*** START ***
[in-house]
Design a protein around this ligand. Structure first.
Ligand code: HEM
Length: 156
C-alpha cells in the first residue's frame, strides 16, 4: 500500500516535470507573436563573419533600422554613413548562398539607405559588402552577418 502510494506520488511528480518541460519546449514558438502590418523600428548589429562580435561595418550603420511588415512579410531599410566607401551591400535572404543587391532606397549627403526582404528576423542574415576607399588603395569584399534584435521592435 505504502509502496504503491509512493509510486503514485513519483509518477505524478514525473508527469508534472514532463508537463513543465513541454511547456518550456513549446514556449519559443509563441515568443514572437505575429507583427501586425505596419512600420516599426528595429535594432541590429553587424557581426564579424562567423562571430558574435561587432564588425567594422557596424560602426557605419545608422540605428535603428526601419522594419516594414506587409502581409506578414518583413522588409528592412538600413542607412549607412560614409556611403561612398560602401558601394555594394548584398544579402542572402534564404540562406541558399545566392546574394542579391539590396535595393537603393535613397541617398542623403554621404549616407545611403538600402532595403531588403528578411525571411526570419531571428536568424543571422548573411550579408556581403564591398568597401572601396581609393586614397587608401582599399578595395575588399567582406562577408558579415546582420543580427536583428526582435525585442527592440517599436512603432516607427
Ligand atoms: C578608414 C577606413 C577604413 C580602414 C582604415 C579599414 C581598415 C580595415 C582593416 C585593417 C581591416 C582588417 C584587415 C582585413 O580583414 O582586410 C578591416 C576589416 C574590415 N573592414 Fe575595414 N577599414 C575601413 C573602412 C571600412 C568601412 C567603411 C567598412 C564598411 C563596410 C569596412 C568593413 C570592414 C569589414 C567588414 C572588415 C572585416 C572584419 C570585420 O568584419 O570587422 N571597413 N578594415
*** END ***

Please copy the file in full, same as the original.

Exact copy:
[in-house]
Design a protein around this ligand. Structure first.
Ligand code: HEM
Length: 156
C-alpha cells in the first residue's frame, strides 16, 4: 500500500516535470507573436563573419533600422554613413548562398539607405559588402552577418 502510494506520488511528480518541460519546449514558438502590418523600428548589429562580435561595418550603420511588415512579410531599410566607401551591400535572404543587391532606397549627403526582404528576423542574415576607399588603395569584399534584435521592435 505504502509502496504503491509512493509510486503514485513519483509518477505524478514525473508527469508534472514532463508537463513543465513541454511547456518550456513549446514556449519559443509563441515568443514572437505575429507583427501586425505596419512600420516599426528595429535594432541590429553587424557581426564579424562567423562571430558574435561587432564588425567594422557596424560602426557605419545608422540605428535603428526601419522594419516594414506587409502581409506578414518583413522588409528592412538600413542607412549607412560614409556611403561612398560602401558601394555594394548584398544579402542572402534564404540562406541558399545566392546574394542579391539590396535595393537603393535613397541617398542623403554621404549616407545611403538600402532595403531588403528578411525571411526570419531571428536568424543571422548573411550579408556581403564591398568597401572601396581609393586614397587608401582599399578595395575588399567582406562577408558579415546582420543580427536583428526582435525585442527592440517599436512603432516607427
Ligand atoms: C578608414 C577606413 C577604413 C580602414 C582604415 C579599414 C581598415 C580595415 C582593416 C585593417 C581591416 C582588417 C584587415 C582585413 O580583414 O582586410 C578591416 C576589416 C574590415 N573592414 Fe575595414 N577599414 C575601413 C573602412 C571600412 C568601412 C567603411 C567598412 C564598411 C563596410 C569596412 C568593413 C570592414 C569589414 C567588414 C572588415 C572585416 C572584419 C570585420 O568584419 O570587422 N571597413 N578594415